KeyError: 'REDSHIFT_HOST'

For some reason, this approach didn’t work. I make a small workaround to start using some environmental variables when I call of jupyter notebook command in that way:

env REDSHIFT_HOST='myRedshiftHost' REDSHIFT_USER='flavio.clesio' REDSHIFT_PORT='5439' REDSHIFT_DATA='myDatabase' REDSHIFT_PASS='myVeryHardPass' jupyter notebook

I hope it helps!

How to pass environment variables in Jupyter Notebook

Six reasons your boss must send you to Spark Summit Europe 2017

It’s redundant to say that Apache Spark is becoming the most prominent open-source big data cluster-computing framework in the last 2 years, where this technology not only shattered old paradigms of general purpose distributed data processing, but also built a very vibrant, innovation-driven, and receptive community.

This is my first time at Spark Summit, and for me personally, it’s a great time as Machine Learning professional to be part of such event that has grown dramatically in the last 2 years only.

Here in Brazil we do not have such tradition to invest in conferences (that are some cultural reasons involved that needed to break down in another blog post), but this is the six reasons that your boss must send you to Spark Summit Europe 2017:

  1. Accomplish more than the rest: While some your company competitors are heavily busy making re-work in old frameworks, your company can stay focused to solve real problems that permit scalability for your business using bleeding edge technologies.
  2. Stay ahead of the game: You can choose one of these two sentences to put in your resumé: 1) “Worked with Apache Spark, the most prominent open-source cluster-computing framework for Big Data Projects“; or 2) “Worked with <<Put some obsolete framework the needs a couple USD millions to be deployed and have 70% fewer features than Apache Spark and the most stable version was written 9 years ago and the whole marketing are migrating>>”. It’s up to you.
  3. Connect with Apache Spark experts: In Spark Summit you’ll meet some real dealers of Apache Spark, not someone with marketing pitch (no offense) offering difficulties (e.g. closed-source, buggy platform) to sell facilities (e.g. never-ending-consulting-until-drain-your-entire-budget style, sell (buggy) plugins, add-ons, etc… ). Some of Spark experts are Tim Hunter, Tathagata Das,  Sue Ann Hong, Holden Karau, to name a few.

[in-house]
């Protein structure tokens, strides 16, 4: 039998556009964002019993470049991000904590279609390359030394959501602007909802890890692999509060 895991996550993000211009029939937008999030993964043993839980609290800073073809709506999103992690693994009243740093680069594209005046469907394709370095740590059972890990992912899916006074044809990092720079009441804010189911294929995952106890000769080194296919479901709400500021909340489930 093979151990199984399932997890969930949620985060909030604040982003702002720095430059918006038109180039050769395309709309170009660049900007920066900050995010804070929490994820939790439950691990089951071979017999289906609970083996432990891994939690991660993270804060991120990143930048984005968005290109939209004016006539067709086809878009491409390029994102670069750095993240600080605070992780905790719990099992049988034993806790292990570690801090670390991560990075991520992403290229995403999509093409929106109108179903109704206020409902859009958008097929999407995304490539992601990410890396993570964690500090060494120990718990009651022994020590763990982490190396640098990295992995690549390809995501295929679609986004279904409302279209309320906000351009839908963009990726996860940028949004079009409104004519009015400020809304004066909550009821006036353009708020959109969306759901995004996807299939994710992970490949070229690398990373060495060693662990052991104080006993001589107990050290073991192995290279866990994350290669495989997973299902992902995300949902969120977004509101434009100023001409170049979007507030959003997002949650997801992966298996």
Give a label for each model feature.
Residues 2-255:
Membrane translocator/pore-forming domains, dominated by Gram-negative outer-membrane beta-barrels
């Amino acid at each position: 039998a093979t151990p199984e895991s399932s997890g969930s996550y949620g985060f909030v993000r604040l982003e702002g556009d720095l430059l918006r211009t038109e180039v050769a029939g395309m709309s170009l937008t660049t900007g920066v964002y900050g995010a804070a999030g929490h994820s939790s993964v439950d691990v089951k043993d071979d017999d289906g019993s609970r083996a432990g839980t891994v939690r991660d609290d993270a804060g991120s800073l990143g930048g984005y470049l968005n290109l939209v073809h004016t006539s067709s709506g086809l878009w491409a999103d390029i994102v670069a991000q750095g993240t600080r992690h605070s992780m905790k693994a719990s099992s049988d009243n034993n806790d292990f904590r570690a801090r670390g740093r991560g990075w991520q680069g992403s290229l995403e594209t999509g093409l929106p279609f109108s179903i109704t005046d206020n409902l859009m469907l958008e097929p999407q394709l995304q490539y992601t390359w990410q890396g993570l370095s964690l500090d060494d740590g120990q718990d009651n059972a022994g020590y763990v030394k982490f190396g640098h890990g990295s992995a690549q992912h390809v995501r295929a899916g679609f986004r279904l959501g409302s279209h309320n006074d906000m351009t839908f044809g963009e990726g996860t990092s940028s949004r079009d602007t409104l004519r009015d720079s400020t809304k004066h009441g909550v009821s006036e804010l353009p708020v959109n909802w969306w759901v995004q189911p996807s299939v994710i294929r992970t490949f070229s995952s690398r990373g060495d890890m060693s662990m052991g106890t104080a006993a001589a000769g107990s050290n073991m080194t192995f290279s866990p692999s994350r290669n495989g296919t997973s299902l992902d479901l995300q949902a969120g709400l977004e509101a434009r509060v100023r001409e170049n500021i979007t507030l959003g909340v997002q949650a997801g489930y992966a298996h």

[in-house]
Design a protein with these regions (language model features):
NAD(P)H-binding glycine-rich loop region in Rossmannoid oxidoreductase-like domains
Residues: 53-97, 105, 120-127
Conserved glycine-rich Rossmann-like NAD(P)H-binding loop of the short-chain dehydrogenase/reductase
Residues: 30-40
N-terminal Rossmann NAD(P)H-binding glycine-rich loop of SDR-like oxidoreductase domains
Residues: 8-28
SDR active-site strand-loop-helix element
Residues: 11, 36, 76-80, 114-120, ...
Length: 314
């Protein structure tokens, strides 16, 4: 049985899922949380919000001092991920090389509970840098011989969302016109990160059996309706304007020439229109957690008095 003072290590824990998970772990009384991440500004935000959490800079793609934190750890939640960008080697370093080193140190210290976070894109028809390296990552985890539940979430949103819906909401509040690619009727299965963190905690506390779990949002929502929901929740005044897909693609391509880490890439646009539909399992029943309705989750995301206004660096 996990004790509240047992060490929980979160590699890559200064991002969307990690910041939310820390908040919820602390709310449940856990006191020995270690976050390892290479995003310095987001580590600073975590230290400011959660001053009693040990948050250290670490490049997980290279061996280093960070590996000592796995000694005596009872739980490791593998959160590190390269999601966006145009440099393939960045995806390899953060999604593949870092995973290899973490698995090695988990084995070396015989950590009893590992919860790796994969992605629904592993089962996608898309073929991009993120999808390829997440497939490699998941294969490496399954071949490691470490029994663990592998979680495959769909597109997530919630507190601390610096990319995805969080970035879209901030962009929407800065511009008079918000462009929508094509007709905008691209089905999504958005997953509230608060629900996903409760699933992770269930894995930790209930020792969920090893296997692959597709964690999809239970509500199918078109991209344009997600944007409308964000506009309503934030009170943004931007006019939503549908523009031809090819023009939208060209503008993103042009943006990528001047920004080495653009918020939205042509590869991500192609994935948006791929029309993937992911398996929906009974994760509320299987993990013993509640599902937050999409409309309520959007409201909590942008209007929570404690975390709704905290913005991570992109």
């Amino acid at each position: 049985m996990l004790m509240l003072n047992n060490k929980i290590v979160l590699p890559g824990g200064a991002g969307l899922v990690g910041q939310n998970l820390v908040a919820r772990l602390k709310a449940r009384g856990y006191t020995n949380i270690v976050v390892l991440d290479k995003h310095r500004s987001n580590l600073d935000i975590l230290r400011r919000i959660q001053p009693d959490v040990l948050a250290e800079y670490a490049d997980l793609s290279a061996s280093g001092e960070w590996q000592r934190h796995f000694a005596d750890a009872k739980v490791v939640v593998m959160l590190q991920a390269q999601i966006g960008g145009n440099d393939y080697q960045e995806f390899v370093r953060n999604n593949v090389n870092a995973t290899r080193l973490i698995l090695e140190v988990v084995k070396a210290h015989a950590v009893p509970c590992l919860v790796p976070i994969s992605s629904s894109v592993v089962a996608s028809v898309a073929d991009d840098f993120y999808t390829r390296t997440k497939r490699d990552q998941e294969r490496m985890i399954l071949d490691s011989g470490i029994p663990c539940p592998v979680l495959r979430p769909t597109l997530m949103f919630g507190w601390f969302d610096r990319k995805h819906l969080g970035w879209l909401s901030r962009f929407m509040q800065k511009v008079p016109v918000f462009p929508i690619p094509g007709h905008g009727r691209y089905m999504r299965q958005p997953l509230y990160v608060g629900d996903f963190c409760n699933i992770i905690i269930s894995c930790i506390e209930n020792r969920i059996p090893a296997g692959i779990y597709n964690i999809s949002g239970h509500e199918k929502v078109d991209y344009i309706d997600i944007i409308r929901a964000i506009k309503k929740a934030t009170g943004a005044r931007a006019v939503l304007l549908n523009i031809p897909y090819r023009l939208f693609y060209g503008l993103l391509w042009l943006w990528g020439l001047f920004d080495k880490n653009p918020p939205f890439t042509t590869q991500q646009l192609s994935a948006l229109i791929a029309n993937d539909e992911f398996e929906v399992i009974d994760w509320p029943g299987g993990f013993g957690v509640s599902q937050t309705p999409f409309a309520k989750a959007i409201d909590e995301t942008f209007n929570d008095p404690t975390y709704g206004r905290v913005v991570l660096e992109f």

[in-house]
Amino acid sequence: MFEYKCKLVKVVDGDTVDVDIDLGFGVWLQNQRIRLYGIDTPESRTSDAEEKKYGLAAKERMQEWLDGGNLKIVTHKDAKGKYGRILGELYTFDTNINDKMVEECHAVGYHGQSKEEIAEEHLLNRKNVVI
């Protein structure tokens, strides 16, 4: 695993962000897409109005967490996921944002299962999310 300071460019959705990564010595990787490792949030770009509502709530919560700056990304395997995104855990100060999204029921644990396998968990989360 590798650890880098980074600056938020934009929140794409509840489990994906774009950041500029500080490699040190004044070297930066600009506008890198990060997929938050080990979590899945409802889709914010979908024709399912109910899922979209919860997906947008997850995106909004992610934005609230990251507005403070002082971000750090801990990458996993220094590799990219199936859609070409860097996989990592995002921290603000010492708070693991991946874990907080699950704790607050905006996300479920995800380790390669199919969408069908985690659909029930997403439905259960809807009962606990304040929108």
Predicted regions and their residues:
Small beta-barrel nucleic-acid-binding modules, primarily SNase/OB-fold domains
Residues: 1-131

4. Network that matters: I mean people with shared interest in enthusiasm over an open-source framework Apache Spark and technology, headhunters of good companies that understand that data plays a strong role at business; not some B.S. artist or pseudo-tech-cloaked-sellers someone else.
  5. Applied knowledge produce innovation, and innovation produce results: Some cases using Apache Spark to innovate and help business – Saving more than US$ 3 million using Apache Spark and Machine Learning, managing 300TB data workload using Apache Spark, real-time anomaly detection in some systems, changing the game of digital marketing using Apache Spark,  and predicting traffic using weather data.
  6. Opting out will destroy your business and your career: Refuse to get knowledge and apply that it’s the fast way to destroy your career with stagnation in old methods/process/platforms and become obsolete in a few months. For your company, opting out of innovation or learning new methods and technologies that can help to scale the business or enhance productivity, it’s a good way to get out of business in a few years.

To register and learn more about the event, please visit Spark Summit 2017 and follow spark_summit on Twitter.

Six reasons your boss must send you to Spark Summit Europe 2017

See you at Spark Summit Europe 2017

In October 26, my friend Eiti Kimura and I will provide a talk called Preventing leakage and monitoring distributed systems with Machine Learning at Spark Summit Europe 2017 where we’ll show our solution to monitoring a highly complex distributed system using Apache Spark as a tool for Machine Learning.